We bought a
zoo HP Proliant DL380 G6!
My Synology 410j NAS is getting on in years and I’m starting to get annoyed at the performance. I’ve always liked the Synology DSM software and the packages on offer, but it’s not fun waiting for a couple of minutes for a preferences panel just to load in a web UI.
At work lately I’ve been getting trained up on some sysadmin stuff for the servers we maintain in our lab, and my recent experience with those along with my annoyance at my existing backup solution for my photos sent me onto Amazon looking at what bare-bones rackmount servers cost.
And holy shit did I learn some shit.
It turns out there are a variety of resellers on Amazon that deal in decommisioned servers of all varieties, and at pretty surprising prices. As an experiement I ended up buying a 2U server to see whether it would suit my home networking/server/backup needs, so let’s talk about it!
I paid $343.98 for an HP Proliant DL380 G6. Let’s talk about the specs a bit:
- 2x Quad-Core Xeon 2.26GHz
- 24GB RAM
- 8x 146GB 10K HDD
- HP Smart Array P410i RAID
I also bought a 12U four-post rack to mount it on plus a variety of additional tools and supplies to be able to hook everything up. Finally, I bought a rack mountable shelf to set my existing NUC system and Synology NAS on top of, so that I could run power and a switch to the back of the rack and enclose all my systems in one place.
The first thing I did was to switch the RAID array over from 0 to 1+0. It cut my logical disk space in half, but the whole point of the system to is to allow for disk failure without losing my data. The system came with eight 146GB disks, and at some point I’d like to bump those up to eight 1TB disks, but for now the roughly 540GB of redundant storage I’m getting is enough (my photo collection, after extensive cleanup and pruning, sits at 100GB right now.) I will likely buy a few spare 146GB disks just in case of failure, then in the longer term I’ll start acquiring 1TB ones for down the road.
I installed Ubuntu Server 17.10 on it, and the installation was rough only because (a) due to a storm the power in our house went out one time as I was laying down the file system and (b) I could not get LVM partitions working with the P410i RAID controller. In the end I was able to get things working by partitioning without LVM, then installing the system as normal.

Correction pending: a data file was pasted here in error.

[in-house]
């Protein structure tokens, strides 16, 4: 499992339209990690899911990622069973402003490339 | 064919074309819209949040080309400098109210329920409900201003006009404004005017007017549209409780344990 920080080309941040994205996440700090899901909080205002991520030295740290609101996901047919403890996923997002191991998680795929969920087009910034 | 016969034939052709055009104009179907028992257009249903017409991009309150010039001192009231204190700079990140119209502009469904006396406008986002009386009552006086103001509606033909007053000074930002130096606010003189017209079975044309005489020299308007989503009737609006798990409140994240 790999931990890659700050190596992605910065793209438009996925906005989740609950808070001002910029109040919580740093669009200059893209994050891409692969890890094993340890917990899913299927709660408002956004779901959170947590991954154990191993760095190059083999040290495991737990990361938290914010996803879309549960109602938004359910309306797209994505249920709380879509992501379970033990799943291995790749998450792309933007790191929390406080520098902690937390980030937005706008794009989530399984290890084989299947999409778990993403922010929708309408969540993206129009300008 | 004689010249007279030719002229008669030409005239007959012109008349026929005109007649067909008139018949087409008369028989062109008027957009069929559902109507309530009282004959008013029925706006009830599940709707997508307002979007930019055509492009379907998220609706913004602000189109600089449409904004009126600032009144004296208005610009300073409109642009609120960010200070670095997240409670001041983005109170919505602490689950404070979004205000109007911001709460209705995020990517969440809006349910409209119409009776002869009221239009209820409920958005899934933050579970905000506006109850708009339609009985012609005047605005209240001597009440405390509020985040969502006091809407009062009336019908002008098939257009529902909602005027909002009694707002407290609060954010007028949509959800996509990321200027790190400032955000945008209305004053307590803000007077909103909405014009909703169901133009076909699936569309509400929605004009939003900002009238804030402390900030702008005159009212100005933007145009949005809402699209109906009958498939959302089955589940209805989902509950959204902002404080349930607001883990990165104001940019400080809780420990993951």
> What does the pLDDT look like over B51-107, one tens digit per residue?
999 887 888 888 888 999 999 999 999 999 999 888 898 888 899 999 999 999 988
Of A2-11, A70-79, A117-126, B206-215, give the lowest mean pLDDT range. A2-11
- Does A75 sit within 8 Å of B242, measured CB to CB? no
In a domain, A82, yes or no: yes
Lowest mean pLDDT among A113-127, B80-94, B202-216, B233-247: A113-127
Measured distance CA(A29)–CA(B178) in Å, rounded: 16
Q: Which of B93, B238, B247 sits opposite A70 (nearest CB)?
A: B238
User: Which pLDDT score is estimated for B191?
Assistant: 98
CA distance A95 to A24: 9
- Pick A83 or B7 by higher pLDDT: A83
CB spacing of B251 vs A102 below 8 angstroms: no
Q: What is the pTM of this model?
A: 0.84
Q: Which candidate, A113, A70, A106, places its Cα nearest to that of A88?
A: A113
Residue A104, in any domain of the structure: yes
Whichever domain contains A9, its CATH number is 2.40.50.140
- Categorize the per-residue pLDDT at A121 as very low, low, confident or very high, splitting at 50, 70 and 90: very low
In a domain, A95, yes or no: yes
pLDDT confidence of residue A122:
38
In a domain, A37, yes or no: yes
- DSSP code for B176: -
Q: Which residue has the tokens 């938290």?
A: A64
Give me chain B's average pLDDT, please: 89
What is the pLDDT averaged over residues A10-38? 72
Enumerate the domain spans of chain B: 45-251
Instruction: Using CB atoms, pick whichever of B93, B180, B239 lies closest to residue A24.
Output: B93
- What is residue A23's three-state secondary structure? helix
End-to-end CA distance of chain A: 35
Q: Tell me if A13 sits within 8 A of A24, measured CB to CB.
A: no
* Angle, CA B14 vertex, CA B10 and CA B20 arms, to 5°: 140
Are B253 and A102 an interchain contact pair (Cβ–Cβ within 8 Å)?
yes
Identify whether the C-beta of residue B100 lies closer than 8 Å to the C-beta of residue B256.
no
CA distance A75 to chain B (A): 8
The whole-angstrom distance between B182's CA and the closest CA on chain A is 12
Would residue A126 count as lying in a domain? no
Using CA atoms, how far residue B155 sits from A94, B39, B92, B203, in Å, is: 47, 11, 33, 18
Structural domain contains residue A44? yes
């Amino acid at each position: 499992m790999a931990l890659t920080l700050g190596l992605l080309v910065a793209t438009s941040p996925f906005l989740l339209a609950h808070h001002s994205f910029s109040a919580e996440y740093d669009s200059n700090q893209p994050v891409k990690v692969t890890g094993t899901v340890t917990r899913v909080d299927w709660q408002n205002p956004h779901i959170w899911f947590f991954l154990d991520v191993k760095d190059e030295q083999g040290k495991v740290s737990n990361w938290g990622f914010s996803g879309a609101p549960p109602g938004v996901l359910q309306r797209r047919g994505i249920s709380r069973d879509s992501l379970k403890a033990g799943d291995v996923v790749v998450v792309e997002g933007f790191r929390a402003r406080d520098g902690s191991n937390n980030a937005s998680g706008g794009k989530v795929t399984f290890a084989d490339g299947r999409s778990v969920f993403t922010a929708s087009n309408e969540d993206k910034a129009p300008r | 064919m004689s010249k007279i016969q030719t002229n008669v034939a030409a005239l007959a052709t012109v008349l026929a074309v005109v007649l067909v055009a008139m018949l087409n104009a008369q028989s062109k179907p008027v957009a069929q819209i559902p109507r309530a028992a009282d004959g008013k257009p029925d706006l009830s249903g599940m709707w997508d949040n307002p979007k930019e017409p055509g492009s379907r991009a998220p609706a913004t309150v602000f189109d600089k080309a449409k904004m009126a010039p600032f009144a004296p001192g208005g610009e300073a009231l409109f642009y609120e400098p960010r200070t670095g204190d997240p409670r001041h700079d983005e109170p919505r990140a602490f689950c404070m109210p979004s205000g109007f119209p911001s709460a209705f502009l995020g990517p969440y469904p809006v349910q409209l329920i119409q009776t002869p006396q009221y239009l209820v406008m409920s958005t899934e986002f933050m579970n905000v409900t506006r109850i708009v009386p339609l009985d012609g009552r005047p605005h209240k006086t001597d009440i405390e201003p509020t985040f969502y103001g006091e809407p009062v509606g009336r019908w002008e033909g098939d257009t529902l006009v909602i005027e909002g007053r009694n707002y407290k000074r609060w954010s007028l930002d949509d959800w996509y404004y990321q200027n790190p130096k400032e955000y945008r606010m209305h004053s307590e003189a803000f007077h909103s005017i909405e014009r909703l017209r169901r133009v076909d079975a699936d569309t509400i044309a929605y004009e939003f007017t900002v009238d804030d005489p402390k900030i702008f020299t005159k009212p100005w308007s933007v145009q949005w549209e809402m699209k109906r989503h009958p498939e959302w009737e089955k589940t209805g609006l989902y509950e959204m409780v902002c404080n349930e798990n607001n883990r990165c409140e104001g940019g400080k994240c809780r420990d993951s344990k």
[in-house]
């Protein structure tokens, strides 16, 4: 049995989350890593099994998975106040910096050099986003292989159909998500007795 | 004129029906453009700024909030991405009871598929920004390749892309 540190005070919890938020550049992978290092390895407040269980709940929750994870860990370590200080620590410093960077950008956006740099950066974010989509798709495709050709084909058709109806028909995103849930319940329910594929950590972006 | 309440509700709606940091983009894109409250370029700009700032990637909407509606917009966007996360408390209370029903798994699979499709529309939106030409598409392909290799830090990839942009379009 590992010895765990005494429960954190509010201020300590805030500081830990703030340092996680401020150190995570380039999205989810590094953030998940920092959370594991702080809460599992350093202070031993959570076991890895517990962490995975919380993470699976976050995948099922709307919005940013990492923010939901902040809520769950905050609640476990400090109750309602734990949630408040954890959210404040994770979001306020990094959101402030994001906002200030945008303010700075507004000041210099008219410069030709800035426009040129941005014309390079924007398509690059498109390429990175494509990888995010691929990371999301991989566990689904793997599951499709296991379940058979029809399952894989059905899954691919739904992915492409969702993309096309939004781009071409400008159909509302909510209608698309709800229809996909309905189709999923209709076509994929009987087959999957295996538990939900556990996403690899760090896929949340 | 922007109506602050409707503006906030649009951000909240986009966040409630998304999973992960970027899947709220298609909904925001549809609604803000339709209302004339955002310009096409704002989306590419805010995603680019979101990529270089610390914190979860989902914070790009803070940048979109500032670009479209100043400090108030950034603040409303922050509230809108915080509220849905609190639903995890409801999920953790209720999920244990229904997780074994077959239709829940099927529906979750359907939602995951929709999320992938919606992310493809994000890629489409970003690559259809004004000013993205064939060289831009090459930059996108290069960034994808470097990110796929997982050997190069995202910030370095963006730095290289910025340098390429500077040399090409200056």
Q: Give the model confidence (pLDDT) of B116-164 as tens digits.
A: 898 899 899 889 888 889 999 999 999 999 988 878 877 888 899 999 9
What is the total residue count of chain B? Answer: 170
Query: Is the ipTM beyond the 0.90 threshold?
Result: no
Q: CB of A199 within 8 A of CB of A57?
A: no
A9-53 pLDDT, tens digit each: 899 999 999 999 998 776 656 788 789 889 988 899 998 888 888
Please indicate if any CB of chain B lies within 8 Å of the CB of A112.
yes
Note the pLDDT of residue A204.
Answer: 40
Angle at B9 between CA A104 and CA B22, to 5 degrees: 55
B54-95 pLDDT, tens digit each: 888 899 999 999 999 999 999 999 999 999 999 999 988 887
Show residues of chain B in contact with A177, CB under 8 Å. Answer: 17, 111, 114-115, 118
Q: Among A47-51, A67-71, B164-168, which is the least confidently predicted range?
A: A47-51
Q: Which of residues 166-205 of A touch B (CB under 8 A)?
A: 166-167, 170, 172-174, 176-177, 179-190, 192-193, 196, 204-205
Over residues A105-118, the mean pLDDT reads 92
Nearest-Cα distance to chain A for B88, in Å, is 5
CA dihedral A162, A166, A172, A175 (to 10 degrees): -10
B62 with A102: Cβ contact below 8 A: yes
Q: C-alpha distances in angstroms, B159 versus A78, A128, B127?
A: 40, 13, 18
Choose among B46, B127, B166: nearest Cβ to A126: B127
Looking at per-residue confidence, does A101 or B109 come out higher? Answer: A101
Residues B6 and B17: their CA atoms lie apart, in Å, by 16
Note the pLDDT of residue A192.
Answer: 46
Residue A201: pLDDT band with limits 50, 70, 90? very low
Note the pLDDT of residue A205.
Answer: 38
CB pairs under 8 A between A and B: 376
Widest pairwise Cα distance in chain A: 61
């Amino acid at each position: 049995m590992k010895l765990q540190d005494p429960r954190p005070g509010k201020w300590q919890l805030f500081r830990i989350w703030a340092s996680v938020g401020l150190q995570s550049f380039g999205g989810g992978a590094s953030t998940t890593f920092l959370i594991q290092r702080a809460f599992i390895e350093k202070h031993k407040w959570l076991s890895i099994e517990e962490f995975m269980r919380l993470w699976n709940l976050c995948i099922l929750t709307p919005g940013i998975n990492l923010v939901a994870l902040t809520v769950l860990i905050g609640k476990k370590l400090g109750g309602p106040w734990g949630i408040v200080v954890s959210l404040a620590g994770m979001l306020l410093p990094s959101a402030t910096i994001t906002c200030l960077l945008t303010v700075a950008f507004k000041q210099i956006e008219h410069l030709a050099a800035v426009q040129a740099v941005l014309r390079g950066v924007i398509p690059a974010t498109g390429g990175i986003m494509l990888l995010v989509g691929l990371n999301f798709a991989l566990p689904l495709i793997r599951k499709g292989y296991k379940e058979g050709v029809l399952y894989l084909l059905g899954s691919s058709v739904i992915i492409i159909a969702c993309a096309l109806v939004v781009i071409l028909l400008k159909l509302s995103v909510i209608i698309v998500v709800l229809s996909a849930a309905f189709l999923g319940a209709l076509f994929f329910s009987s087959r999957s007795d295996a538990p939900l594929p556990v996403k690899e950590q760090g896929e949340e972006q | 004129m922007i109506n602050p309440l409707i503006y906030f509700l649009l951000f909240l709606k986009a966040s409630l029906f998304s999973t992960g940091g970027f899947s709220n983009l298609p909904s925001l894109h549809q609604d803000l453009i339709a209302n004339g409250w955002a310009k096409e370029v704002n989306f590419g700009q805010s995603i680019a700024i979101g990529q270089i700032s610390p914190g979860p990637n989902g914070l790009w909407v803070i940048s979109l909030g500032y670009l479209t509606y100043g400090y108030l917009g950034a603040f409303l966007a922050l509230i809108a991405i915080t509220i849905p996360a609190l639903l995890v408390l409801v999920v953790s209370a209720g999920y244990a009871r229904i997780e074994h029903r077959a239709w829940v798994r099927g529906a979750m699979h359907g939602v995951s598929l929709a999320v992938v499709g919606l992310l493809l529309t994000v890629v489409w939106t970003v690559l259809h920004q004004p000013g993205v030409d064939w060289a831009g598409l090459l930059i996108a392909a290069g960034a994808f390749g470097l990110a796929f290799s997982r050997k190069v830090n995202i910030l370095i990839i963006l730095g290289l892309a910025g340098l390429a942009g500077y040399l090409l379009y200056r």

I have OpenSSH and Samba running on it right now, and I’m considering whether
I want to run the Proliant as a DNS server with my NUC as a backup. That
would allow me to set up a real home lab
while falling back to something like 126.96.36.199 or
188.8.131.52. This is still in
the planning stages, but I’d rather take the plunge than continue to manage
/etc/hosts files across all of my home machines.
My backups from my main photo editing machine to my backup server are now operational, but I haven’t yet setup off-site backups yet. The Synology had an installable package to automate Amazon Glacier backups, but I’m not sure if I want to go that route from the new server or explore something like Backblaze. If you have an opinion on this hit me up on Twitter!
Once the system was up and running, I looked to consolidate my network footprint inside the rack as well. I took my switch down off the wall, and added it to the back of the rack alongside the power unit (not UPS, basically a big rackable power strip.) I also bought a patch panel, which as you can see from the above picture is not hooked up yet.
The ultimate plan is to wire everything inside the rack into the patch panel, and from there to the switch. Meanwhile, all connections coming in from outside the rack (home theater, office, fiber modem) will connect directly into the switch.
rubs hands with glee …and I still have 6 more U’s.
Modestly configured HP 1U servers are ~$200-$300, and using them as Docker hosts for app development is sparking some ideas in me. It’s also a low-cost way to continue to learn about administering bare-metal stuff, which I’ve never done before.
So, uh, yeah. Maybe we’ll see my tiny data empire grow.